On Sept. 14, 1960, President Dwight D. Eisenhower signed legislation that created a new approach to income-producing real estate investment — a manner in which the best attributes of real estate and stock-based investment are combined.
These vehicles are called Real Estate Investment Trusts, or REITs (pronounced “REETZ”). Real Estate Investment Trusts give investors of all economic backgrounds access to revenue generating real estate, without owning entire buildings.
The most common model is called an Equity REIT, wherein the investor receives a dividend proportionate to their investment, based on the average return of collected rents, on a portfolio of buildings in which they are vested.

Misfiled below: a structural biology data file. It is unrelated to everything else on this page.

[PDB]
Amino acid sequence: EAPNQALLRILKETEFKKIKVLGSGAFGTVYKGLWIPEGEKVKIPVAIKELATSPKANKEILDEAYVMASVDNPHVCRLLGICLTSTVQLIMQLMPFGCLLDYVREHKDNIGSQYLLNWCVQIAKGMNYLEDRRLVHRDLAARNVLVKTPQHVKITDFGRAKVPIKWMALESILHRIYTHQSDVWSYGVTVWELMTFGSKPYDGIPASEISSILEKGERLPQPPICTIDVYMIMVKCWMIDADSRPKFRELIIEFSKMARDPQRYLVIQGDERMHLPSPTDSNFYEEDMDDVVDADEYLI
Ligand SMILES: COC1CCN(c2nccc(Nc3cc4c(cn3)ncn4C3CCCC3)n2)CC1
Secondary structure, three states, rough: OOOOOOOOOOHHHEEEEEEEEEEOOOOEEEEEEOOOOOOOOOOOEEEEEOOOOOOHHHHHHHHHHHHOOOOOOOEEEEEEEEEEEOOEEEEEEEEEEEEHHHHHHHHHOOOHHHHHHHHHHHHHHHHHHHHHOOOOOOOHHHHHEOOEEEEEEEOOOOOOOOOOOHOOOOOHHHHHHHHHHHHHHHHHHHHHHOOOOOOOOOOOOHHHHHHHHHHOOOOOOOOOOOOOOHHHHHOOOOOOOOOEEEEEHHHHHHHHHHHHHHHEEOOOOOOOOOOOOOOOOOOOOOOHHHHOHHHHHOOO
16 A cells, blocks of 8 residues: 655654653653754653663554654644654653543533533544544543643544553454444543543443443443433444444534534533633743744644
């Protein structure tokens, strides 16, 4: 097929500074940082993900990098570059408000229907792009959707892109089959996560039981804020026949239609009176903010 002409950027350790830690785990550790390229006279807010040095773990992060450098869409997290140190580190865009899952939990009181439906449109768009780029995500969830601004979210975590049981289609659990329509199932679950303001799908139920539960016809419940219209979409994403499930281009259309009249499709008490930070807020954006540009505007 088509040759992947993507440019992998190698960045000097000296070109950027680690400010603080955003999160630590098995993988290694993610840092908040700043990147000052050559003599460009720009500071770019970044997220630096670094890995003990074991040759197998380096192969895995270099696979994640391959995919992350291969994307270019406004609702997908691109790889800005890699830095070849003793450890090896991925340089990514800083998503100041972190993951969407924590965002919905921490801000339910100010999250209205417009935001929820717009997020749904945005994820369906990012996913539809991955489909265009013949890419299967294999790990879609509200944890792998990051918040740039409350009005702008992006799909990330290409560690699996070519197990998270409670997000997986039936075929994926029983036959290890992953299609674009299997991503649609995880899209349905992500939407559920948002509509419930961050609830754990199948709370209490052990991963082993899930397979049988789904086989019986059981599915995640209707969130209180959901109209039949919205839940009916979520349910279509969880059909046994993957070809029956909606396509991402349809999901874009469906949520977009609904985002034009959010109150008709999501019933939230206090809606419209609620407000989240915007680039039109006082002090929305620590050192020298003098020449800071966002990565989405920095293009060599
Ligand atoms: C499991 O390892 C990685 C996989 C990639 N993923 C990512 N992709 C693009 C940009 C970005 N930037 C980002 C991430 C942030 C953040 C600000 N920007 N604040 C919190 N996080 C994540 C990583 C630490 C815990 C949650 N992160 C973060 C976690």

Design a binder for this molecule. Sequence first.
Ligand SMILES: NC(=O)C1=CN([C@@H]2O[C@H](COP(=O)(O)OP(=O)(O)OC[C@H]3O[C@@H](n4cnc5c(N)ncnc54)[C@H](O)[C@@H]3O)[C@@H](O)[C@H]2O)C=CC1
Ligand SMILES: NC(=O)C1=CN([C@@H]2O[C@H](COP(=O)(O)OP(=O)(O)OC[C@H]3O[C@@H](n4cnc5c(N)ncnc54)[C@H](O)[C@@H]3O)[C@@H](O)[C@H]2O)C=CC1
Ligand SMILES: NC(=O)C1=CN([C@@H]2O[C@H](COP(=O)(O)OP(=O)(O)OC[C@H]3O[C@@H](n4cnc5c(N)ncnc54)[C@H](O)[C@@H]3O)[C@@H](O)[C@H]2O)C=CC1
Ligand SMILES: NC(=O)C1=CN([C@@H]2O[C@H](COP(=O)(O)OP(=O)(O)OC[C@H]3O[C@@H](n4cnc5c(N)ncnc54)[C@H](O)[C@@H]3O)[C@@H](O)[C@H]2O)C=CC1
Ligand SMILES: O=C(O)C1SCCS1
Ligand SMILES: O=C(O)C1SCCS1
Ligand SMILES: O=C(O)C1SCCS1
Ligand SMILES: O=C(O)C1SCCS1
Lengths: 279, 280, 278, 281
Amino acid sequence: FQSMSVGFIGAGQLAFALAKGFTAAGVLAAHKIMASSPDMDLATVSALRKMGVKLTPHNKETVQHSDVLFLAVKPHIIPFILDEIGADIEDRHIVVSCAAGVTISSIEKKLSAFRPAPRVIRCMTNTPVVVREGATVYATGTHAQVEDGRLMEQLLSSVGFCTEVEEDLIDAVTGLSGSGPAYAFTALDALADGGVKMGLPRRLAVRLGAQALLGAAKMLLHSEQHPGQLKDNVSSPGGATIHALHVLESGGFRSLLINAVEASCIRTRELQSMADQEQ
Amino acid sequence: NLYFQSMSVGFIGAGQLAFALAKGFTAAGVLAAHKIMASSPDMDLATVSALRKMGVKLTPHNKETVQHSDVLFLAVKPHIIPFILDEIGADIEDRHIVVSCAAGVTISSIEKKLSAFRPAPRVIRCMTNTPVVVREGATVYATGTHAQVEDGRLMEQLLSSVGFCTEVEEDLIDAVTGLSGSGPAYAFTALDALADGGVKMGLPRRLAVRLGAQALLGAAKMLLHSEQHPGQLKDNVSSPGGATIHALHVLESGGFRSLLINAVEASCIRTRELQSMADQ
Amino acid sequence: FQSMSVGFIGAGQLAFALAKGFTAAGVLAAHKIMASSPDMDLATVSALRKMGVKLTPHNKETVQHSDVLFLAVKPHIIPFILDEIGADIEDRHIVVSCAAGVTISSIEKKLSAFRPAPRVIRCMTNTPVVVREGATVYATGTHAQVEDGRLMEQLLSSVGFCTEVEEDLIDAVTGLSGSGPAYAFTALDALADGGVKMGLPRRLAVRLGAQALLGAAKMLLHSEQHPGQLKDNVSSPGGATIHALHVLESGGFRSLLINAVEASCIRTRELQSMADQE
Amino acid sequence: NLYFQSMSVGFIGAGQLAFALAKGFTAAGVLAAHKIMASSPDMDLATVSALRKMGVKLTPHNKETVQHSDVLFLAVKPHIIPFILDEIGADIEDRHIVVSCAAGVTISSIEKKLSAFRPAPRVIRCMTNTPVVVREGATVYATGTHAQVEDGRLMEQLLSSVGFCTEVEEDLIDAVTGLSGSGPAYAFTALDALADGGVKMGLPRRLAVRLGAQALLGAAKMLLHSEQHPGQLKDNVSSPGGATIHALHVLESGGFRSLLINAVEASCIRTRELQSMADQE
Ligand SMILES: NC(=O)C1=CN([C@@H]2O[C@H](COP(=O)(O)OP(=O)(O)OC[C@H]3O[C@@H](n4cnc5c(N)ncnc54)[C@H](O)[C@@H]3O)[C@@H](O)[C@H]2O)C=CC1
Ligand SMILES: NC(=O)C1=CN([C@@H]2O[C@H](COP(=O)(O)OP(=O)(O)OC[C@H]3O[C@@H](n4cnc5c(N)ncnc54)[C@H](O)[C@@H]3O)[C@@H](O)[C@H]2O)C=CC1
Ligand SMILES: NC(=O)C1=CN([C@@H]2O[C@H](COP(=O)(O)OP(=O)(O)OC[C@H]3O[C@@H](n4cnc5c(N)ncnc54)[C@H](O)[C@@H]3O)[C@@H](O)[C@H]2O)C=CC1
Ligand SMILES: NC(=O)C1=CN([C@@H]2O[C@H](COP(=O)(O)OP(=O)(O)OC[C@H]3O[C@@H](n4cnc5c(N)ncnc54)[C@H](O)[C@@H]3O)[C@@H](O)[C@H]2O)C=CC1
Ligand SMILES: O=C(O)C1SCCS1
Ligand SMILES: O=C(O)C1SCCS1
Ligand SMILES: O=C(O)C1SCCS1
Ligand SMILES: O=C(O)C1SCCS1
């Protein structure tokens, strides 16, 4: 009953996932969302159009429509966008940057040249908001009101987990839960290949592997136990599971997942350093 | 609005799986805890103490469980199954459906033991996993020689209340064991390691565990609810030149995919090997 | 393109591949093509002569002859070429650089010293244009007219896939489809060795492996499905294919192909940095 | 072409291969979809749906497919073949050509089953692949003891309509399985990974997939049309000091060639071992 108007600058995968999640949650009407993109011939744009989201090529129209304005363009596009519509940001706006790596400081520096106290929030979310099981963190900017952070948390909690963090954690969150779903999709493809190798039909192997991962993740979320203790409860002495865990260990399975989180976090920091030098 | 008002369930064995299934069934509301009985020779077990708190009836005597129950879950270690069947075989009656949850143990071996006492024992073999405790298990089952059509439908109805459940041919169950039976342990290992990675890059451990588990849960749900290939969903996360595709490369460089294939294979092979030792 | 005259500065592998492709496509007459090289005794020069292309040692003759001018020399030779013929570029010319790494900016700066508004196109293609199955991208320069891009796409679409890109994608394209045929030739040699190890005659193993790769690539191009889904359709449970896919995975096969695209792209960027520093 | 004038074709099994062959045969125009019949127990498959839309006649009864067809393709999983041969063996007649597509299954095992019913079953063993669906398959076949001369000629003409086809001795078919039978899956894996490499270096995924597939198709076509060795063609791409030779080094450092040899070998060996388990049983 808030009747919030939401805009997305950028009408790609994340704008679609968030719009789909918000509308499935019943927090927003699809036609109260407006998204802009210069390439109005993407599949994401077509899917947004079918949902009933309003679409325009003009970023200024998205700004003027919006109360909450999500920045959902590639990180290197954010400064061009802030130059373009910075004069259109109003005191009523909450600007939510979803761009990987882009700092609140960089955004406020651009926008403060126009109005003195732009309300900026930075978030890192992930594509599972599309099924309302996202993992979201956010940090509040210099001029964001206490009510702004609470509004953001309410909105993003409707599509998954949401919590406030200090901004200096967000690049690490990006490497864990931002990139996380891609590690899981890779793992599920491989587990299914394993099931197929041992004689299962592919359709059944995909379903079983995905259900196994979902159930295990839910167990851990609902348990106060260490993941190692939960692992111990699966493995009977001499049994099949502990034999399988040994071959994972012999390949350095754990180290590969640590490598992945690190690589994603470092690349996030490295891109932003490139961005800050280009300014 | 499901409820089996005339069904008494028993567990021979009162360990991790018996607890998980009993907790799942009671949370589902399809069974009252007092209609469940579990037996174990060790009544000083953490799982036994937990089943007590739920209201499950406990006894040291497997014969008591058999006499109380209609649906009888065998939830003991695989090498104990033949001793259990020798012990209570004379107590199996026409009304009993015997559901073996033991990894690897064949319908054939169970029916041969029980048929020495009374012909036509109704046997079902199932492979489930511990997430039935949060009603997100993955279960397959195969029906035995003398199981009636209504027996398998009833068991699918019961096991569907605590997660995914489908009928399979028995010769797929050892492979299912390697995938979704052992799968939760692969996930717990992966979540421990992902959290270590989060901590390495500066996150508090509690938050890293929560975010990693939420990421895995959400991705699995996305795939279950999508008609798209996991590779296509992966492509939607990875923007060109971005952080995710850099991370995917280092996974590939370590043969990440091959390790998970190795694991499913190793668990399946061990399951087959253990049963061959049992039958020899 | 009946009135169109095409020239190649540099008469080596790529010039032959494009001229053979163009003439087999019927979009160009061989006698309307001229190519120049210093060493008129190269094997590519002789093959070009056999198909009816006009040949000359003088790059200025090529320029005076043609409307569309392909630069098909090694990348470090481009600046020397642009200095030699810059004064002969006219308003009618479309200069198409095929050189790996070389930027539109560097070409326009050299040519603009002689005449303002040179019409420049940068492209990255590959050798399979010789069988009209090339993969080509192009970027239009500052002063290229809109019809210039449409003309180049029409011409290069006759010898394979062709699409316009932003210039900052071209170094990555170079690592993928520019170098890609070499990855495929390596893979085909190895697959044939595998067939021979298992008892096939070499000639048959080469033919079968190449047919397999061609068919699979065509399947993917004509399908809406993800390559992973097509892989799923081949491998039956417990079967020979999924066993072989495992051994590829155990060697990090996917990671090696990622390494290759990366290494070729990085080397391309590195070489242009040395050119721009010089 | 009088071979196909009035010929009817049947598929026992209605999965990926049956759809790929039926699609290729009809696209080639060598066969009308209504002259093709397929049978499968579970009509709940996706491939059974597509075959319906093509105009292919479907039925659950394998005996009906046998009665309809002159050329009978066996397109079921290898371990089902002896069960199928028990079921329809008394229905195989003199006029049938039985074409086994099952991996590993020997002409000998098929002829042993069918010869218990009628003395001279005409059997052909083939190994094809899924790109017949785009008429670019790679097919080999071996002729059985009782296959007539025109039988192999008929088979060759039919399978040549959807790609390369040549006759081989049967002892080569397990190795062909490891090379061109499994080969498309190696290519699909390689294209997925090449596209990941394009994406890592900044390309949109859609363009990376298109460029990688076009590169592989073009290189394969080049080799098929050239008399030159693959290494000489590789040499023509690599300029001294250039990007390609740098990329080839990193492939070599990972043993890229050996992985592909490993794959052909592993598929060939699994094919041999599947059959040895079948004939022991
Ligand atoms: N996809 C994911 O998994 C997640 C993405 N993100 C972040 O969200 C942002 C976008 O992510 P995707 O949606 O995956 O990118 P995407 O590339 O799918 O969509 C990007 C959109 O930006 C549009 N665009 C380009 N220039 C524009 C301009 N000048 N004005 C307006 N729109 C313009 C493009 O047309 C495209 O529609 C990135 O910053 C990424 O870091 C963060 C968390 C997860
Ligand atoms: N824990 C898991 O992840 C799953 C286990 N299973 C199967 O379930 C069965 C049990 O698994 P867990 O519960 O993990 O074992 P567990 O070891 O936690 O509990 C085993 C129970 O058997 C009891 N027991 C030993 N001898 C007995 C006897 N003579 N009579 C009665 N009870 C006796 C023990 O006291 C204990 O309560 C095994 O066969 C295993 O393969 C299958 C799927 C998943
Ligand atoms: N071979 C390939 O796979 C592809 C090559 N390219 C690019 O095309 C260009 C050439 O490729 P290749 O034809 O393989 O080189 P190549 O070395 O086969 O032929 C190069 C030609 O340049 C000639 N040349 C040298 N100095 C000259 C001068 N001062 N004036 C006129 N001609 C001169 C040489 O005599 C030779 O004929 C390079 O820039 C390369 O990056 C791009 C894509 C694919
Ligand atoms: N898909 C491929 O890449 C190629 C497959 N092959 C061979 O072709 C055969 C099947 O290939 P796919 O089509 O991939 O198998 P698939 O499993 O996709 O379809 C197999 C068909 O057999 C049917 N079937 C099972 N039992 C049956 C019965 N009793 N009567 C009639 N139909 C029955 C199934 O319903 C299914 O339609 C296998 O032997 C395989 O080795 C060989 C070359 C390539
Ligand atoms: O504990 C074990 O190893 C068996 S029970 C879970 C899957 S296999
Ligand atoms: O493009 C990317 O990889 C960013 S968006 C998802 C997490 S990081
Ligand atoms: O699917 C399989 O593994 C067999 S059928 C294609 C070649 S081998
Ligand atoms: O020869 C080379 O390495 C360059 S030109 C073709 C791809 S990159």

Another common model is called a Mortgage REIT, where the investor’s capital is based on the terms of the mortgage, rather than monies from renters.
Other types of REITs exist, and potential investors should explore all options with their advisor to find what works best for them.
REITs are unique ways to diversify a financial portfolio. Historically, they experience trends and cycles that are different from other indexes and markets. They also allow more transparency than some financial products, such as blind trusts, or Exchange Traded Funds (ETFs).
If you are interested in learning more about REITs, be sure to ask your financial advisor whether they might be right for you and your financial goals. Alternatively, you can find lots of excellent information about REITs through the National Association of REITs at www.reit.com.
Member SEC/SIPC: Equilus Group Inc. is a Registered Investment Advisor of Apex Advisory Group Inc. Insurance Products Provided by Principal Financial.